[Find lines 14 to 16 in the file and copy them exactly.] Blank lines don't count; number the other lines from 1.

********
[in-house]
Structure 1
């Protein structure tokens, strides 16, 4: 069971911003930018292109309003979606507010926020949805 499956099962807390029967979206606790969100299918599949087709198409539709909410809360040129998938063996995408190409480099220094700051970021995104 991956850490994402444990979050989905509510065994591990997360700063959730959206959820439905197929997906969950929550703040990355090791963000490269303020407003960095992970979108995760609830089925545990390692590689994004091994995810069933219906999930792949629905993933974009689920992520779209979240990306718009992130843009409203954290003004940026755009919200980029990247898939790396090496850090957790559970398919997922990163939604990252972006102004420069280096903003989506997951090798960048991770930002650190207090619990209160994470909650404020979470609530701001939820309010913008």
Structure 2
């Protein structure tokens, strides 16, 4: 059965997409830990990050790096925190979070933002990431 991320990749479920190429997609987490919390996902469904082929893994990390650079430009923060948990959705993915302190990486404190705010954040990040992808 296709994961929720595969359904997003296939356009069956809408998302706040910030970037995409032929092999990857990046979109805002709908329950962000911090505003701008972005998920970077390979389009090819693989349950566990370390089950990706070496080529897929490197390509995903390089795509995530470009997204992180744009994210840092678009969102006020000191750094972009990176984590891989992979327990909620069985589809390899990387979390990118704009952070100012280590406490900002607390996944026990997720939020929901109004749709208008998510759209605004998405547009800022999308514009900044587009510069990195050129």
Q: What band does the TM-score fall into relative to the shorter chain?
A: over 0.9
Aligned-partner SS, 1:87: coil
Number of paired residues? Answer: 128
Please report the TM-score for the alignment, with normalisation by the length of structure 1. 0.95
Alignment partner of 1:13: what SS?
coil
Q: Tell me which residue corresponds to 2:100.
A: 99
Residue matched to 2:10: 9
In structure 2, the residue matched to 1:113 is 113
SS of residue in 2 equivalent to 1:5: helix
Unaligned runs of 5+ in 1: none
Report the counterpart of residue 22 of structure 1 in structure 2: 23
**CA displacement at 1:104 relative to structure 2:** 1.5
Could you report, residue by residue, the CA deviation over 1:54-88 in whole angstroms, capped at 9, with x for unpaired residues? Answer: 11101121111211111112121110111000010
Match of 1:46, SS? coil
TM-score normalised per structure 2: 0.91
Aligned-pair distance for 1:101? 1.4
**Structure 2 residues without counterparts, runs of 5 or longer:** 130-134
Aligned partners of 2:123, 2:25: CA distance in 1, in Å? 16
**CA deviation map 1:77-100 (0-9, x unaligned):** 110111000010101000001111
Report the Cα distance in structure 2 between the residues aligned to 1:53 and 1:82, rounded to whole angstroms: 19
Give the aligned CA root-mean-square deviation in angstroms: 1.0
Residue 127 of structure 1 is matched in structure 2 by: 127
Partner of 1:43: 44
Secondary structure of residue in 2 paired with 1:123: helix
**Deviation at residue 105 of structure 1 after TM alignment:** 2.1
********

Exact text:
A: 99
Residue matched to 2:10: 9
In structure 2, the residue matched to 1:113 is 113